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The Pattern On The Stone: The Simple Ideas That Make Computers Work… (edition 1999)
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Amazon.com Amazon.com Review (ISBN 046502596X, Paperback)Daniel Hillis has made a career of puzzling over the nature of information and the mechanisms that put information to use. Now, he's distilled his accumulated knowledge of computer science into The Pattern on the Stone, a glorious book that reveals the nature of logical machines simply and elegantly.
Millions of times each second, to the drumbeat of a clock signal, electronic computers compare digital values. These comparisons, and the actions taken in response to them, are what computers are all about at their lowest levels, and, with the help of this book, they're not hard to comprehend. Moving on from the nature of logical circuits, the author deconstructs software and the mechanisms it employs to solve problems.
Hillis then stands atop the building blocks he's arranged into a sturdy foundation and discusses the future of computing. Parallel processors already are in use, and neural networks with limited abilities to learn and adapt have proved quite good at certain jobs. Hillis explores the potential of both these technologies. Then, he throws some light on quantum computing and evolving systems--emerging ideas that promise to make computers much more powerful, and thereby change the world. --David Wall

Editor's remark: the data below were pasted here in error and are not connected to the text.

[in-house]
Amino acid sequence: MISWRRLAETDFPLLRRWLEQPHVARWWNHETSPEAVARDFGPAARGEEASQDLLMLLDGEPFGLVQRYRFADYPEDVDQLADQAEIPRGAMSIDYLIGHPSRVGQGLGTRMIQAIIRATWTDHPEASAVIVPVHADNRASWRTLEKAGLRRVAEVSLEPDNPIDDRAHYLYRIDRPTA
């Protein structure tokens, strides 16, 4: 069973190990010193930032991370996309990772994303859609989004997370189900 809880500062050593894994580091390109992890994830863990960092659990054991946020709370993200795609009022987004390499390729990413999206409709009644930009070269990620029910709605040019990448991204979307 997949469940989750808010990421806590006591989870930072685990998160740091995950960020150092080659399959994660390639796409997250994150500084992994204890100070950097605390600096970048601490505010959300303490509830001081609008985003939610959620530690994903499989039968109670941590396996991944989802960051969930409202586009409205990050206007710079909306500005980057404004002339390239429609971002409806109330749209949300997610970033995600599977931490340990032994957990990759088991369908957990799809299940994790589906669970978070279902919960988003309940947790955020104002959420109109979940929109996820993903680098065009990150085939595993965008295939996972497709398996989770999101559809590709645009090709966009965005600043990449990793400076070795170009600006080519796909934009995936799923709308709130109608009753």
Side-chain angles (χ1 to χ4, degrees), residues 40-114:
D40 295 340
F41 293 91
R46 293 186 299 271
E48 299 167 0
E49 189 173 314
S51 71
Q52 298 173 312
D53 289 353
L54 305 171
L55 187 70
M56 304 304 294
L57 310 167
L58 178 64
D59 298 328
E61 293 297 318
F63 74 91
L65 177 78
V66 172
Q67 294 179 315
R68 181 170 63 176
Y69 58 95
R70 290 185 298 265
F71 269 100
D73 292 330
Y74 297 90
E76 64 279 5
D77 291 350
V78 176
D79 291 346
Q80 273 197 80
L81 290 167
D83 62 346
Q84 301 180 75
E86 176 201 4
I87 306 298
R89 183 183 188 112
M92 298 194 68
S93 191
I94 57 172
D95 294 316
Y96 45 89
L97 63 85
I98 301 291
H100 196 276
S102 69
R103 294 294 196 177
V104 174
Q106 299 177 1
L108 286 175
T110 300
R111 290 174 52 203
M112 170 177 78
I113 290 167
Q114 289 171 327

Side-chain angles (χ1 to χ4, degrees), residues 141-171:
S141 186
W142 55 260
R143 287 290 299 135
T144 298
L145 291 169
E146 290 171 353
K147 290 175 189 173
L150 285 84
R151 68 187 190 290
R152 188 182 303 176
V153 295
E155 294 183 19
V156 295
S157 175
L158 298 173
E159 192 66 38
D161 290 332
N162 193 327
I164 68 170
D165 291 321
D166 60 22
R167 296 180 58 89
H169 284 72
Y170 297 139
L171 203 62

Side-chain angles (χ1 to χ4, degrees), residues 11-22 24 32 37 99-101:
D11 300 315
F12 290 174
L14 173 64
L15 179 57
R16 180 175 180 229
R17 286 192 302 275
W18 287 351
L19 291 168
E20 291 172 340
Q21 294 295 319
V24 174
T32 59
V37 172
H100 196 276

(retrieved from Amazon Thu, 14 Feb 2013 13:47:47 -0500)
"Daniel Hillis offers an easy-to-follow explanation of how data is processed that makes the operation of a computer seem as straightforward as those of a bicycle." "Hillis proceeds from an outline of basic logic to clear descriptions of programming languages, algorithms and memory. He then takes readers in simple steps up to the most exciting developments in computing today - quantum computing, parallel computing, neural networks, and self-organizing systems."--BOOK JACKET.
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